What is the very “worst thing” that has ever happened to you?
Your “worst thing” may come immediately to mind.
Or you may think, “worst thing”? Nothing that bad has happened to me.
Or you may be weighing multiple “worst things” as candidates for the very “worst thing.”
Have you noticed that when we talk about the sovereignty of God, it is usually in the context of things we consider tragedies? We have no problem with God’s sovereignty when “He gives.” It’s the “and takes away” part that trips us up.
First off, I’ll tell you that I fall in the “multiple worst things” category. And I’ll tell you that God’s sovereignty was difficult for me to accept. Paradoxically, it was through these worst experiences that I have learned to love the sovereignty of God.
What does this doctrine mean?
“Definition: Sovereignty means that God, as the ruler of the universe, has the right to do whatever he wants. Further, he is in complete control over everything that happens” (http://christianity.about.com/od/glossary/a/Sovereignty.htm).
Psalm 115:3: Our God is in the heavens; he does all that he pleases.
Daniel 4:34 b, 35: for his dominion is an everlasting dominion, and his kingdom endures from generation to generation; all the inhabitants of the earth are accounted as nothing, and he does according to his will among the host of heaven and among the inhabitants of the earth; and none can stay his hand or say to him, “What have you done?” [emphasis mine]
Romans 9:20: But who are you, a human being, to talk back to God? “Shall what is formed say to the one who formed it, ‘Why did you make me like this?'”
Does this definition — do these verses — make God sound loving and lovable? Well, that depends on your experience with God. If what God has done pleases you, then you’ll be fine with this. You won’t mind not being able to question God. But what if what He has done is not to your liking? How do you feel about His sovereignty then?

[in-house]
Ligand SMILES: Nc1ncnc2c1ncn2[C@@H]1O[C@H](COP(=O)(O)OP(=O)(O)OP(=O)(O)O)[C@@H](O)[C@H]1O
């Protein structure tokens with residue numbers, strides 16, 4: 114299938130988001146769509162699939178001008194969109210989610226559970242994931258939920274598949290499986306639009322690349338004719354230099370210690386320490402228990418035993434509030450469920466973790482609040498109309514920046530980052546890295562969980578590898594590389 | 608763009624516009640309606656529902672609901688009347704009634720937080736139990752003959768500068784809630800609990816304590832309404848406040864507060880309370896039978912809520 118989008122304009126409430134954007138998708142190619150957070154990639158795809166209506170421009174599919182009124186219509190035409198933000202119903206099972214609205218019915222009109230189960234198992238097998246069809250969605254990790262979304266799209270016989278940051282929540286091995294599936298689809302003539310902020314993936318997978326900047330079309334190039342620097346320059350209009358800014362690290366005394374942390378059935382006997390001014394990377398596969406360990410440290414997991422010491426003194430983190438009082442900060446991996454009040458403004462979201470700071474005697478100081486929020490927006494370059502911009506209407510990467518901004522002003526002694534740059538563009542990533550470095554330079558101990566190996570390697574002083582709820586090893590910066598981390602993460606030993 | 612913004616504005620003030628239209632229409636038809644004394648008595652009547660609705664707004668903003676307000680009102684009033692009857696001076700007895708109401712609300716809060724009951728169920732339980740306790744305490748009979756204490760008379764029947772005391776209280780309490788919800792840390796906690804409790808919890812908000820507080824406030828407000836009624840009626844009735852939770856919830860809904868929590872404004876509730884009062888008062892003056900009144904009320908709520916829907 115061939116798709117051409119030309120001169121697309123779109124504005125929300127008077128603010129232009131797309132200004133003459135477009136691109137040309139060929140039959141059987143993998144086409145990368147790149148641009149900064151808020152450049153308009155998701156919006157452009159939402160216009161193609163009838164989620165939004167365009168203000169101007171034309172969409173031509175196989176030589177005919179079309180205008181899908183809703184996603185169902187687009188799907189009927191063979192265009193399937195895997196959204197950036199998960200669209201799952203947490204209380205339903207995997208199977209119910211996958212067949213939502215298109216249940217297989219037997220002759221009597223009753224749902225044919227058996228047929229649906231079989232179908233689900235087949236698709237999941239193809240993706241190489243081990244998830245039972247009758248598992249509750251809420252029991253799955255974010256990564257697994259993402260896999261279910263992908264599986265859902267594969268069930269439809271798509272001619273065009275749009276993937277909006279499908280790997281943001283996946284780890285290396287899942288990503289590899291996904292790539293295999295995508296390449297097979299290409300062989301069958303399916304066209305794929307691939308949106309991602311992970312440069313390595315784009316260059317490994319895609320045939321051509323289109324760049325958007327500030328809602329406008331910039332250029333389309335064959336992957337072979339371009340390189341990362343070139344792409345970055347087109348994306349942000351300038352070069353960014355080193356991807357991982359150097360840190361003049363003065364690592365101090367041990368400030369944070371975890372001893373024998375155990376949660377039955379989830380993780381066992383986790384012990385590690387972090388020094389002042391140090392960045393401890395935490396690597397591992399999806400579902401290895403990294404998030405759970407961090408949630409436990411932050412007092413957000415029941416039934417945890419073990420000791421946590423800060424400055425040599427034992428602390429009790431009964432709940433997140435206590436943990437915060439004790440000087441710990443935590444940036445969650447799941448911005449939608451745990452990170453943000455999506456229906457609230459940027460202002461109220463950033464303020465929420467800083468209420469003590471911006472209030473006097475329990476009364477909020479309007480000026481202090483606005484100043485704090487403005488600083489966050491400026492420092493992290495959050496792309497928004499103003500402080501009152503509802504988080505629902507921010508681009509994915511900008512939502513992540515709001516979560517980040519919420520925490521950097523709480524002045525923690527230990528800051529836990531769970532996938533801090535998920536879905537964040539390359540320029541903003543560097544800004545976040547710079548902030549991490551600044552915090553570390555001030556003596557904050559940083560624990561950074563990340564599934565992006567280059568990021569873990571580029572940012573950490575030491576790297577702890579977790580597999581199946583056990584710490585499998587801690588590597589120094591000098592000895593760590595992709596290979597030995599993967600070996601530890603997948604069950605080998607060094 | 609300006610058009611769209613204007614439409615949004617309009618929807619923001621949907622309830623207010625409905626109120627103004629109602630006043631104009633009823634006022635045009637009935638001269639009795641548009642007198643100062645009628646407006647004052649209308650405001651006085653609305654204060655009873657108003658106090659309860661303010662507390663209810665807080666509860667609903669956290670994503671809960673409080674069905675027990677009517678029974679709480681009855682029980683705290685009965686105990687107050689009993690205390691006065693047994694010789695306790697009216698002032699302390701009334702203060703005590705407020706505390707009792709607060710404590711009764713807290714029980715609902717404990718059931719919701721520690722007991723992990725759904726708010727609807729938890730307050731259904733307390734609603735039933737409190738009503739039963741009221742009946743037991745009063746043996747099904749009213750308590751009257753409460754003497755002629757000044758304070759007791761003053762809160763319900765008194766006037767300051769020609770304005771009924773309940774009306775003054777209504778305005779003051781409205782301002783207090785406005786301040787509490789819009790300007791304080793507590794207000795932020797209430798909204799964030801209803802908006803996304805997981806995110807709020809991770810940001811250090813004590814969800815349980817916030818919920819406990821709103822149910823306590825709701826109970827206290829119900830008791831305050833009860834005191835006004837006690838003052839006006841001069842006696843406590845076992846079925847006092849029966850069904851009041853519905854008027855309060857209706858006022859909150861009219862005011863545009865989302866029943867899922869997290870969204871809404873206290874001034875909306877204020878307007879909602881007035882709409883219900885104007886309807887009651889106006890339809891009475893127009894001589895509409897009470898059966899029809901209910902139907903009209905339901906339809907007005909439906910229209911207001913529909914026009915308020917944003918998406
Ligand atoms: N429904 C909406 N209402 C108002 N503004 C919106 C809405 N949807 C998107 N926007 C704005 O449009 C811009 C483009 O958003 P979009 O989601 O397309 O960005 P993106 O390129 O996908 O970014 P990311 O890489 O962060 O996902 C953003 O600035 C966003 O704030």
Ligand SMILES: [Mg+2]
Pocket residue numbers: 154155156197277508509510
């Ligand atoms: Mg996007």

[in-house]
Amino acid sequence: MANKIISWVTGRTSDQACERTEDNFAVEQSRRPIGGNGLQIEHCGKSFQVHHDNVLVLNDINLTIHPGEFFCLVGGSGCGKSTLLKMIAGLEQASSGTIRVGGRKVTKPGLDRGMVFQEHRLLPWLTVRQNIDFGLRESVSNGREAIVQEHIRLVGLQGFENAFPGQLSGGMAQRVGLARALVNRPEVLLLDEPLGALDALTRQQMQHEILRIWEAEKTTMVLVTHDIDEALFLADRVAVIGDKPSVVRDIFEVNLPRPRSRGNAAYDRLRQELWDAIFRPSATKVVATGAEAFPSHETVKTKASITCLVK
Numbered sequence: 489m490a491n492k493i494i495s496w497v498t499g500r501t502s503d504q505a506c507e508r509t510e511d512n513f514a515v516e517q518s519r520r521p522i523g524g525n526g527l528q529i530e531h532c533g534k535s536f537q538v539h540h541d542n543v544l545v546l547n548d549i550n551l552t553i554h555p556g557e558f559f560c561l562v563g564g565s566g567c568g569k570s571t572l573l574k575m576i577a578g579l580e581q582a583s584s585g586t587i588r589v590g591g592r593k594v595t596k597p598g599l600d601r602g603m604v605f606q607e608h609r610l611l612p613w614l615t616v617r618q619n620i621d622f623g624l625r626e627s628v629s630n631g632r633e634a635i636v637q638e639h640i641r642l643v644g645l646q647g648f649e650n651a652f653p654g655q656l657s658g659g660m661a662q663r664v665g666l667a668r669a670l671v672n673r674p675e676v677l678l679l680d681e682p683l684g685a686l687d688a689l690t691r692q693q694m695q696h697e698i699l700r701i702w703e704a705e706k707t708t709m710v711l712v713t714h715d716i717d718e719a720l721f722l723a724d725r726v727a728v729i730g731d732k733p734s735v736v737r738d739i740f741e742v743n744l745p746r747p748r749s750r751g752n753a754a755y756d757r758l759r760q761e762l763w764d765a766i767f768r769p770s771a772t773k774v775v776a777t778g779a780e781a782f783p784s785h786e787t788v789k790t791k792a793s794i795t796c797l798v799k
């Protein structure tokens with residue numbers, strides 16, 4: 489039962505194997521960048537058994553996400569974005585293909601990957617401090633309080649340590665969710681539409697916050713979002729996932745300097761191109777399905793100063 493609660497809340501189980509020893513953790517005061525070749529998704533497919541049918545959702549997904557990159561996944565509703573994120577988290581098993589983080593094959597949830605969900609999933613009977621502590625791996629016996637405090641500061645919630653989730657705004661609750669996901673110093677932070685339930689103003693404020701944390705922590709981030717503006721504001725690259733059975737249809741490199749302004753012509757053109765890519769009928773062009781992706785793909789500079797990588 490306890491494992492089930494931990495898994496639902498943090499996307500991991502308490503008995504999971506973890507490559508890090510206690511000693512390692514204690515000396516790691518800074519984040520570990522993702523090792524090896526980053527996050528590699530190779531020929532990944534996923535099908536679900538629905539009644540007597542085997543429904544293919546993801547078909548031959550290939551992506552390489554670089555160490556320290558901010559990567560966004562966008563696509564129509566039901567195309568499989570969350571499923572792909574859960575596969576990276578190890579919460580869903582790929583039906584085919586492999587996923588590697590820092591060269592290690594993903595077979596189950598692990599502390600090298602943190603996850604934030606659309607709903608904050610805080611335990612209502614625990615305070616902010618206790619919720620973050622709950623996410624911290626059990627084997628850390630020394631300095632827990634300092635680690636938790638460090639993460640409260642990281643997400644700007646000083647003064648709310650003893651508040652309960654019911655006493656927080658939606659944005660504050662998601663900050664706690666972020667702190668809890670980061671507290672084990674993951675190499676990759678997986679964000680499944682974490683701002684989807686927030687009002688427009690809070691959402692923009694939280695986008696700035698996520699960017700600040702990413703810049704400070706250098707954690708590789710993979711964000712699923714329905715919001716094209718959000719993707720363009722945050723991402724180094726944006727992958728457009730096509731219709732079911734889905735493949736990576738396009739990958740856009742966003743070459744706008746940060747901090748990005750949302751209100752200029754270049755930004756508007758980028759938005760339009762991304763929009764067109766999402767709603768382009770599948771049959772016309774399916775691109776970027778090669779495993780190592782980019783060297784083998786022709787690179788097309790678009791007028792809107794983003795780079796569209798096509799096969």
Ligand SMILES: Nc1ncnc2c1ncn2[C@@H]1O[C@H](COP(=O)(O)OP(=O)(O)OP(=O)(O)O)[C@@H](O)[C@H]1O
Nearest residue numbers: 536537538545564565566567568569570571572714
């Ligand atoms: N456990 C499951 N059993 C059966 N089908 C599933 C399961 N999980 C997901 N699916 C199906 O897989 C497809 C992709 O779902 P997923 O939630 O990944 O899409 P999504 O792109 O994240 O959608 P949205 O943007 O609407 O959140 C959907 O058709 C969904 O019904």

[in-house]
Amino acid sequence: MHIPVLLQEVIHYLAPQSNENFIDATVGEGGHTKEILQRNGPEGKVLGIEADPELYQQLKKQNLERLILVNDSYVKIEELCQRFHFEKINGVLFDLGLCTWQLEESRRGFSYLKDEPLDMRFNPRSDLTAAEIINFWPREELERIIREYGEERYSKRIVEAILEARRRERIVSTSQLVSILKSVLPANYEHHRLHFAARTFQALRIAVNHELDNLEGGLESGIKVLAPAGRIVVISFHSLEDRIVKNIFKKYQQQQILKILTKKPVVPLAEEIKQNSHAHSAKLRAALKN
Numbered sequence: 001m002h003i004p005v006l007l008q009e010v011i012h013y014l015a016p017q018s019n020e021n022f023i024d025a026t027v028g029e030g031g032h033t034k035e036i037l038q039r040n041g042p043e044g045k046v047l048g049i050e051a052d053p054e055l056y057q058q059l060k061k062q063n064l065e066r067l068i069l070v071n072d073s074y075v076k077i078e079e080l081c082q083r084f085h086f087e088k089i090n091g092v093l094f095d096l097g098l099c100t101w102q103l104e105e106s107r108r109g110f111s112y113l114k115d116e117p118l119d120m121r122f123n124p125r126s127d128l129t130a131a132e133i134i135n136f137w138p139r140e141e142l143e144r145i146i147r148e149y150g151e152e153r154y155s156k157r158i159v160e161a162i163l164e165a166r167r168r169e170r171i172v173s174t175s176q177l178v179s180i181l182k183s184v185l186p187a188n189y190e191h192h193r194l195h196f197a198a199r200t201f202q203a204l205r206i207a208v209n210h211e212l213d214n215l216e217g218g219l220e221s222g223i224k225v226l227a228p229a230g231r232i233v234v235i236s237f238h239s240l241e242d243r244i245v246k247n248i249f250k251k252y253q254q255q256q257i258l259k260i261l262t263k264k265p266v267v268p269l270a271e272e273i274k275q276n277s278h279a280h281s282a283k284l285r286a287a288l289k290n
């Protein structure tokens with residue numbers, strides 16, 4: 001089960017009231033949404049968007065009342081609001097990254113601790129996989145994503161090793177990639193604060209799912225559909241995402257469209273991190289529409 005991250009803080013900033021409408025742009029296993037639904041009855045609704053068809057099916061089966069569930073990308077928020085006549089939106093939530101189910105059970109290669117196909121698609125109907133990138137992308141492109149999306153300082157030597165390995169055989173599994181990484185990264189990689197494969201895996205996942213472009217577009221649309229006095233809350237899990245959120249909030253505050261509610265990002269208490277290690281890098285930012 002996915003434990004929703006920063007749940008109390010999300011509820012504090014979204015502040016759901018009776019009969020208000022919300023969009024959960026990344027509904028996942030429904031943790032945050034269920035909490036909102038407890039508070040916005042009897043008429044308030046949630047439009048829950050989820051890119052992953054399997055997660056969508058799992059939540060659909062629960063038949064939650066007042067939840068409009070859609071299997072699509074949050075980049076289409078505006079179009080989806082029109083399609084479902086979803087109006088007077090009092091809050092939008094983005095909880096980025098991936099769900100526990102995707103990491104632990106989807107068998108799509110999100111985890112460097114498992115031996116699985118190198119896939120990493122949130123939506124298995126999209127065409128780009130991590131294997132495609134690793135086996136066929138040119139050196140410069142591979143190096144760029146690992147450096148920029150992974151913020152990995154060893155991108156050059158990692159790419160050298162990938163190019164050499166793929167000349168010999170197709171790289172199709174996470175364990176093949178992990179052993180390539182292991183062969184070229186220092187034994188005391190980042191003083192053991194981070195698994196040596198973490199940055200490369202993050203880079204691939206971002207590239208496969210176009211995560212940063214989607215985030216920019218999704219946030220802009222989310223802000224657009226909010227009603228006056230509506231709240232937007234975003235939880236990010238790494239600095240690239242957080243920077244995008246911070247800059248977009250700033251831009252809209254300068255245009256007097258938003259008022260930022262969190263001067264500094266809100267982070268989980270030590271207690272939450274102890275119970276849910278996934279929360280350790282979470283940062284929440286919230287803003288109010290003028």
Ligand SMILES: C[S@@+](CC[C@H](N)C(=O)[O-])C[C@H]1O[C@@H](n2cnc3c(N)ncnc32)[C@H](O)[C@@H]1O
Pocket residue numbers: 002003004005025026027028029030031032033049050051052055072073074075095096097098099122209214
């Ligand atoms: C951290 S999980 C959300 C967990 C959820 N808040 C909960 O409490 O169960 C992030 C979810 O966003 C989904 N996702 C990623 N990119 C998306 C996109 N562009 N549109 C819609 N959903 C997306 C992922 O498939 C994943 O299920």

What about that very “worst thing”? Remember, none can say to Him, “What have you done?”
My Very “Worst Thing”
Let me tell you about a time I asked God, “What have you done?”
My husband left me when our children were six, three and a half, and one. I cried a lot. But I did not ask God, “What have you done?” I handled this so well my husband said I should be called “Amazing Grace.” He didn’t know that I knew for sure God would be bringing him back. The children and I prayed every night that He would bring Daddy (1) back to us and (2) back to Jesus.
I knew this prayer was according to God’s will. I assumed that the restoration of our marriage was right at the top of God’s daily agenda, that He got up every morning thinking about His strategy to get us back together, and there was no way my husband could fight God’s agenda. This was right in line with evangelical America’s 1980’s infatuation with all things marriage and family. So it was just a matter of praying and waiting patiently.
I prayed and waited patiently for two and a half years, right up until August 27th at 2:30 p.m., the hour of his marriage to another woman. My confused, unhappy children were to be attendants. A friend had taken confused, unhappy me to a park to pray. I was still waiting, admittedly a bit less triumphantly, for my miracle.
At 2:30, I cried out loud, very loud, to God, “What do you think You are doing? Don’t You know that the faith of three vulnerable children is riding on Your answer to this prayer? How could You let this happen?”
Yes, I, a human being, was talking back to God. “What have You done?”
Right then, it started raining. And, strange as it may seem, the rain brought comfort. It was as though God was crying with me. And my anger eased. My anguished rant had been very short. (In tomorrow’s article I will tell you how God had prepared me for this “worst time” with an earlier “worst time.”)
Because of my prior experience with God, I was ready to accept His incomprehensible plan, knowing that the pleasure God takes is never in sin or in sorrow. When the children came home I told them that our prayer now would just be “Please bring Daddy back to Jesus.”
Twenty-seven years later, my children’s Daddy still has not come back to Jesus. Do I need to know why? No. Do I need to know if he was ever really a Christian? No.
No, mine is just to know with certainty that nothing has slipped out of God’s control. Nothing ever has. Nothing ever will. That’s what God’s sovereignty is all about.